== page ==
HPLC analysis and mass spectrometry

Authentic curcumin glucuronide and curcumin sulphate were generated by incubation with rat liver microsomes and cytosol respectively, with appropriate cofactors (Ireson et al, 2001). Authentic hexahydrocurcumin and hexahydrocurcuminol, products of the metabolic reduction of curcumin, were generated as a mixture by reacting curcumin with sodium borohydride (Ireson et al, 2001). The identity of the products of chemical reduction of curcumin was validated by tandem mass spectrometry, which confirmed the presence of the respective molecule ions (hexahydrocurcumin m/z=373, hexahydrocurcuminol m/z=375). These species were not separated further and were available for comparison only in impure form.

Tissues were thawed, homogenised in ammonium acetate buffer (1 M, pH 4.6, 10% w v−1) and extracted with ethylacetate, which had been presaturated with ice-cold propan-2-ol. The extract was analysed for the presence of curcumin, its two metabolic conjugates curcumin sulphate and curcumin glucuronide and its metabolic reduction products hexahydrocurcumin and hexahydrocurcuminol by HPLC (UV detection) as described by Ireson et al (2001). The validation of the analytical method for curcumin and the curcumin conjugates has been described by Ireson et al (2001). Curcumin and its conjugates were detected at 420 nm, the products of curcumin reduction at 280 nm. Under the extraction and assay conditions, the limit of detection for curcumin and its conjugates was approximately 3 nM. In separate experiments, the recovery of curcumin was determined to be 80.7±2.3% from plasma, 55.3±10.2% from bile and 60.3±4.3% and 65.8±5.3% from malignant and normal liver tissue, respectively (mean±s.d., n=4). We have established earlier that the recovery of curcumin glucuronide and curcumin sulphate from rat liver tissue is poor, between 40 and 50% (Ireson, 2002). Absence of pure hexahydrocurcumin and hexahydrocurcuminol confounded reliable determination of their recovery. Identification was performed by co-chromatography using authentic metabolic standards and, whenever possible, by mass spectrometry using a Quattro Ultima Platinum Mass Spectrometer (Waters, Manchester, UK). For mass spectral analysis, samples (10 μl) of eluate obtained from the HPLC column containing suspected curcumin-derived species were dried and solubilized in acetonitrile : water (7 : 3) and injected into the mass spectrometer using a back flow of 70/30 acetonitrile/water at 50 μl min−1 (Waters Alliance 2695 HPLC pump) using desolvation and source temperatures of 200 and 120°C, respectively. The mass spectrometer was tuned up to each authentic agent prior to sample analysis. Analysis involved a scan of 40–600m/z. Tandem mass spectrometry was used to fragment molecular ions into product ions, argon was the collision gas. The determination of molecular species related to curcumin proved consistently difficult due to inherent poor sensitivity, which may be, at least in part, a function of the negative ion polarity of the analyte species. Therefore, it was not feasible to confirm hexahydrocurcumin and hexahydrocurcuminol peak identity in biological matrix extracts by mass spectrometry. On gross extrapolation, UV spectrophotometry was at least 10-fold more sensitive than mass spectrometry as method of HPLC detection for these species.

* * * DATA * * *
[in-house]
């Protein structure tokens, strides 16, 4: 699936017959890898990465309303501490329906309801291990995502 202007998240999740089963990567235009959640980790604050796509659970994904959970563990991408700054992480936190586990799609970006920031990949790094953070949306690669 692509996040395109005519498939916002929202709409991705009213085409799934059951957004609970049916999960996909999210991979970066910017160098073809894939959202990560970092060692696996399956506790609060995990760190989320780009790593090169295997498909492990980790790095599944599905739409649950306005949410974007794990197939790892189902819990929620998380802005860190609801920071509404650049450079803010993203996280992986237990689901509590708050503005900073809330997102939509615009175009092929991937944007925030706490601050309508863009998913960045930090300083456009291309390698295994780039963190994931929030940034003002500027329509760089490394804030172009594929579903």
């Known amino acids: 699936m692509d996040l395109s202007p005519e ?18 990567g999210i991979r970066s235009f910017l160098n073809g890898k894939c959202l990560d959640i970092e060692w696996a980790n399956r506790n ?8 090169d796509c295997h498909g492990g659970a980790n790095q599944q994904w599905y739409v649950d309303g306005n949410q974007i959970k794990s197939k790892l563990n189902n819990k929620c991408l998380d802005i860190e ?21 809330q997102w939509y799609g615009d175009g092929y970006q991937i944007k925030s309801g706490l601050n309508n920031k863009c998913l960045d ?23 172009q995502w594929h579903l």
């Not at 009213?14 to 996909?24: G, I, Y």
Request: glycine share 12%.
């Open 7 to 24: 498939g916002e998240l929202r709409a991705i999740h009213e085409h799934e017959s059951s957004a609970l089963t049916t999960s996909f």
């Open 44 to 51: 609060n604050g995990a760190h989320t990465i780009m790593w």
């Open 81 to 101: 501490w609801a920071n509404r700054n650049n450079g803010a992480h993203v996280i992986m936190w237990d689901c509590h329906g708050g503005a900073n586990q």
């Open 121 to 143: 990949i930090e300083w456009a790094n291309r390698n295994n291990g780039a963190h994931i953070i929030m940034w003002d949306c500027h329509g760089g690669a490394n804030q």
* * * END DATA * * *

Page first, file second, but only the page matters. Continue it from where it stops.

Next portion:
Stability of curcumin and its metabolites

In the light of the fact that levels of detected analyte species were consistently low, we ascertained that curcumin, its glucuronide and sulphate conjugates and reduction products hexahydrocurcumin and hexahydrocurcuminol were sufficiently stable under storage and assay conditions to allow meaningful interpretation of analysis results. The stability was checked under conditions of tissue storage at −80°C (spiked tissue samples) and of the HPLC assay at room temperature. After 3 months of storage, areas of peaks indicative of curcumin and its metabolites in extracts from liver tissue were unchanged. When kept after dissolution in HPLC injection solvent (acetonitrile : water 1 : 1) curcumin and its metabolites were stable for at least 12 h at room temperature.

Analysis of M1G adduct levels

Extraction of genomic DNA from liver tissue obtained at staging laparoscopy and during surgery, and analysis of M1G adduct levels by immunoslotblot was performed as described previously by Leuratti et al (1998) using a primary anti-M1G antibody provided by Dr Lawrence Marnett (Vanderbilt University, TN, USA). Discrepancies in the amount of DNA in each slot were corrected for by staining the nitrocellulose filter with propidium iodide and performing UV light densitometry. The limit of detection for M1G was five adducts per 108 nucleotides.